After a 3 month period of sobriety life did indeed seem to be improving. Unfortunately this is what AA members often refer to as a ‘Pink Cloud.’
Real life returned with a bump. Nothing spectacular, it was just real life. The very thing that everyone else seemed to manage so well and I seemed to fail so dismally at.
I decided that nothing had really changed (I was more right than I realised) and my resultant sulk lead to me picking up the first drink. Why not? It was the only method I had for achieving happiness – except it didn’t make me happy anymore.
Alcoholism and depression go hand-in-hand. Every drink I took I felt I was taking myself a little bit further away from anything deserving and worthwhile in life. Yet I would still defend my actions and ‘Right to Drink’ to the hilt.
Low self-esteem? Self-Pity on steroids more like. I just couldn’t see the point in living anymore. I was suicidally depressed. Life was a curse and God was punishing me. (I didn’t believe in God but had a habit of blaming him anyway. Hmmm, consistent?)
I was still drinking every day. Work was short and I was in debt. My last relationship, not a happy one anyway, was over. I’d had a row with my ex-girlfriend (because she’d done something that I didn’t like, but wasn’t really my business anymore) and I had just finished my last can of lager. I was fed up with being fed up and I hated myself.
Suddenly the thought came into my head that my ex-girlfriend wasn’t to blame for the way I drank. Neither were any of my other life experiences (that I haven’t gone into here), even the nasty ones. The next thought was… ‘You did this to you. You are the only one responsible.’
Moments of clarity are great but they need to be followed by constructive action. All my thinking about sobriety and relatively few actions towards it had proved insufficient. I needed help. I went to Alcoholics Anonymous to get it.
At AA I came to further realisations. One of them was that simply quitting drinking is not enough, not for an alcoholic. The illness of alcoholism runs much deeper than that and must be addressed mentally and even spiritually.
Physically I wasn’t that bad (bit shaky, bit sweaty), but mentally I was beaten (psychologically damaged, even though I wouldn’t have told you that at the time).
Spiritually I was broken – this isn’t meant religiously. What I mean is I hated who I was. I saw no value in myself or that I could contribute to the world in any positive way.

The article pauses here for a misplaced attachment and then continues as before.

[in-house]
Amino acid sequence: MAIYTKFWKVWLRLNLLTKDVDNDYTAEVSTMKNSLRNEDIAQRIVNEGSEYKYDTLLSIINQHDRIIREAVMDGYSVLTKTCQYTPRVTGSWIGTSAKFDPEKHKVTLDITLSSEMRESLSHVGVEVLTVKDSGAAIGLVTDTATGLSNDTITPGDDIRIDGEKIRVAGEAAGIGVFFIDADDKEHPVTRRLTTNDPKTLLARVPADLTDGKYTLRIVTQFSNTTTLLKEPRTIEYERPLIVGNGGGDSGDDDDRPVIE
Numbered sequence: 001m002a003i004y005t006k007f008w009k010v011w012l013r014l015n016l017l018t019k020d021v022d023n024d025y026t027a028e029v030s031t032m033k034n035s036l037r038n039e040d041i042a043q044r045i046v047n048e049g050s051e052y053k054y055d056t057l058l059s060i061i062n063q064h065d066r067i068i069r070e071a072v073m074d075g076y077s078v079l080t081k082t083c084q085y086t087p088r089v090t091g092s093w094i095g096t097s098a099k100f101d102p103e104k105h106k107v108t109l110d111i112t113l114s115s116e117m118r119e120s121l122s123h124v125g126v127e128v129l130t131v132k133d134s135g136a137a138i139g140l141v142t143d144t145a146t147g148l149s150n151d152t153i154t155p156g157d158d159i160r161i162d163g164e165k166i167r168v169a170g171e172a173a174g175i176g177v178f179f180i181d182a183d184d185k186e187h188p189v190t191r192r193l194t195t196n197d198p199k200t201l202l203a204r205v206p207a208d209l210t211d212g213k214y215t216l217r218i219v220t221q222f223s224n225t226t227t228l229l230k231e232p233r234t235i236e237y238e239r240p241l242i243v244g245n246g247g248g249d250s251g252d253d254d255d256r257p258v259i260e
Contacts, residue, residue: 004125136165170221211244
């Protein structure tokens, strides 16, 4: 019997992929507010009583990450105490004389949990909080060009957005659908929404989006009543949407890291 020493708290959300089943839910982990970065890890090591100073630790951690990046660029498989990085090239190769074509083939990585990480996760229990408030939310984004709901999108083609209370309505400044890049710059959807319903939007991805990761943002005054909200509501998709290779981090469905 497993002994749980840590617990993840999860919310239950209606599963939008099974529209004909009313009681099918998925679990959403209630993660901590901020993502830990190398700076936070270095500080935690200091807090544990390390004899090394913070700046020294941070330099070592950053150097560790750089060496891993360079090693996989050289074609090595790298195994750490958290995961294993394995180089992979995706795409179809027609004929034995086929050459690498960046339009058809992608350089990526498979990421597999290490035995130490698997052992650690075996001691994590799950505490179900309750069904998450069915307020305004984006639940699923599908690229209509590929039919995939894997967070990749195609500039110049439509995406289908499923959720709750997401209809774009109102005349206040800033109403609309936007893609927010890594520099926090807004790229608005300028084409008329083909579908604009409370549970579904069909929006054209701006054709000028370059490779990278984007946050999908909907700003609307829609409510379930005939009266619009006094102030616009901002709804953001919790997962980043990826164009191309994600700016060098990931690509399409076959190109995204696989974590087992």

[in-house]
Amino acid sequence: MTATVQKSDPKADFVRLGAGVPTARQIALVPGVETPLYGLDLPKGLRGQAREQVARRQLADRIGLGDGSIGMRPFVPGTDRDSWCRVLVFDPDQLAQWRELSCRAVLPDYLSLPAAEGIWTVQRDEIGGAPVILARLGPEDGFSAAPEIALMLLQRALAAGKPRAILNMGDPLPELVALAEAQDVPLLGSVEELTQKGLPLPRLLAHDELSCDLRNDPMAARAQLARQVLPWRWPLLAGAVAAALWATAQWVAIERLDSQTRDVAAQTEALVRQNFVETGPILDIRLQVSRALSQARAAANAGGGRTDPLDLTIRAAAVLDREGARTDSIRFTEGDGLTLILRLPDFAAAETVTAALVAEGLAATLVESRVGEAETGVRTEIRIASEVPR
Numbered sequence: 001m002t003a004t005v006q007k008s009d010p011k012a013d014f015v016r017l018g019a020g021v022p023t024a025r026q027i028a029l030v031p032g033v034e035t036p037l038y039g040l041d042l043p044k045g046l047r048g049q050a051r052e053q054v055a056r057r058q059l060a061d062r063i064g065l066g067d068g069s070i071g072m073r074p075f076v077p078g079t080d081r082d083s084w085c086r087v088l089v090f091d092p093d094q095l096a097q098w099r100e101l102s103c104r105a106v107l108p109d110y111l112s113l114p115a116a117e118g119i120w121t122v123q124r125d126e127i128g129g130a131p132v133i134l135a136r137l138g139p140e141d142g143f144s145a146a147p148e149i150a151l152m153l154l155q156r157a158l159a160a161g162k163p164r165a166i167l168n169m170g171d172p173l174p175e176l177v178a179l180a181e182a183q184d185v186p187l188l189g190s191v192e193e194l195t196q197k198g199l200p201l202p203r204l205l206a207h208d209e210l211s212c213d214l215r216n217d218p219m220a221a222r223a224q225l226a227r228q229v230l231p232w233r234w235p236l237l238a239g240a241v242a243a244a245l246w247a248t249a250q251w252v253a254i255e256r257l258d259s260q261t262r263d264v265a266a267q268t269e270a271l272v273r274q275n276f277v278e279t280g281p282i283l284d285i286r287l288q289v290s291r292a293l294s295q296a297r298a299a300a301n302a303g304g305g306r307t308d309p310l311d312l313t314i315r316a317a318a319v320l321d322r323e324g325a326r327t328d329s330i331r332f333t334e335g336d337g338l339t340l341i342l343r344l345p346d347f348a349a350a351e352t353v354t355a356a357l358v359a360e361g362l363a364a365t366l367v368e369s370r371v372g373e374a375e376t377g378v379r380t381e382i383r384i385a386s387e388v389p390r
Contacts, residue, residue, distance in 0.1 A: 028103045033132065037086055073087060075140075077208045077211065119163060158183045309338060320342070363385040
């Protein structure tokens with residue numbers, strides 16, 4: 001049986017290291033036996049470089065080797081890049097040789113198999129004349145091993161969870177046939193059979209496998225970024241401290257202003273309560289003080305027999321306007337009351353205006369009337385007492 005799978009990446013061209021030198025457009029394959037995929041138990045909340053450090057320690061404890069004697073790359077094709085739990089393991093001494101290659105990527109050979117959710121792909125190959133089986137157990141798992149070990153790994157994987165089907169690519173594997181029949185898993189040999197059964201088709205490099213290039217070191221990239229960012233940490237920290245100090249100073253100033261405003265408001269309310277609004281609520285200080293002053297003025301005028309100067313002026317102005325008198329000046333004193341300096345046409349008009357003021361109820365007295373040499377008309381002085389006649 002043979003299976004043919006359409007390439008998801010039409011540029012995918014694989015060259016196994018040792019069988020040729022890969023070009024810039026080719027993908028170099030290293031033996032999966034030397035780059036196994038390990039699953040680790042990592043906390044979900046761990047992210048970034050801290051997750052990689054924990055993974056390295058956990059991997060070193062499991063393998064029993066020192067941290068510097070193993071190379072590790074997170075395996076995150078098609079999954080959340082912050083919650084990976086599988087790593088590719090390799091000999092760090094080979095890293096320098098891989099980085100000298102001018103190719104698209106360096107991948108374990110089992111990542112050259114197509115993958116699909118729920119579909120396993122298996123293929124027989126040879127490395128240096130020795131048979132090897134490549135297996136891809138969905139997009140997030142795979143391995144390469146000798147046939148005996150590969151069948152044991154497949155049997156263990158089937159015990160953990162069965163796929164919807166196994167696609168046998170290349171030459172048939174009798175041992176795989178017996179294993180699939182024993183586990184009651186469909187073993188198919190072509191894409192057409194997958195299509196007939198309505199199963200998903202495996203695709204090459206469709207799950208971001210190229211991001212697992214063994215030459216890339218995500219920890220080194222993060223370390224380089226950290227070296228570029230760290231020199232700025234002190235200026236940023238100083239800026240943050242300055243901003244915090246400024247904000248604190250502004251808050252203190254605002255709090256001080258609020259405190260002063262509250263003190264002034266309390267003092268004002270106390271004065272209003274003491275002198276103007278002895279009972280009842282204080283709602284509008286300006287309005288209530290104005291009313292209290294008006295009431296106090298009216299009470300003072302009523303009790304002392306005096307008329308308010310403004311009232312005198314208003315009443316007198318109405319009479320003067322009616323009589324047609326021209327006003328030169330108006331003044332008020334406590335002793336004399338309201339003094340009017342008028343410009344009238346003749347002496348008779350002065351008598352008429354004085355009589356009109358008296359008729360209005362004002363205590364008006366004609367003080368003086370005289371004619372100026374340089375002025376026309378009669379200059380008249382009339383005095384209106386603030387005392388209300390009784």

This has all now changed. I have been sober for several years now. Getting dry was a beginning. But of far more importance, I have learnt (and continue to learn) how to be happy. I am now a happy bunny. A sober happy bunny.
You’ve landed on this page because you’ve got an alcohol problem. I very much suspect you need more help than I can offer you here. There are so many different ways of getting help and it is important that wherever possible, you find it. Recovery from any addiction is so much more likely to succeed if you’re not trying it alone. Alongside external support, here’s something else that you can use to help...
In the early stage of alcoholism you may still be able to manage the addiction with the use of hypnosis. Hypnotherapy is one of the ways to stop drinking alcohol by self-help.
You could start with Moderate My Drinking and use it alongside any other help you can get. See my page: Hypnosis FAQ and Downloads Drinking
Give yourself no more than a month to see how it goes. But, I hope you'll be prepared to seek further help to stop your drinking if necessary. Heed the complaints and advice of your partner and friends.
You can also connect with a professional, licensed therapist. It's now very easy to set up an online session, regardless of the device you're using. For further information, see my page on online mental health counselling.
Trust that you do have the strength you need to seek help and overcome this addiction. I believe in you, and you don’t have to battle alone.
Part 1, Part 2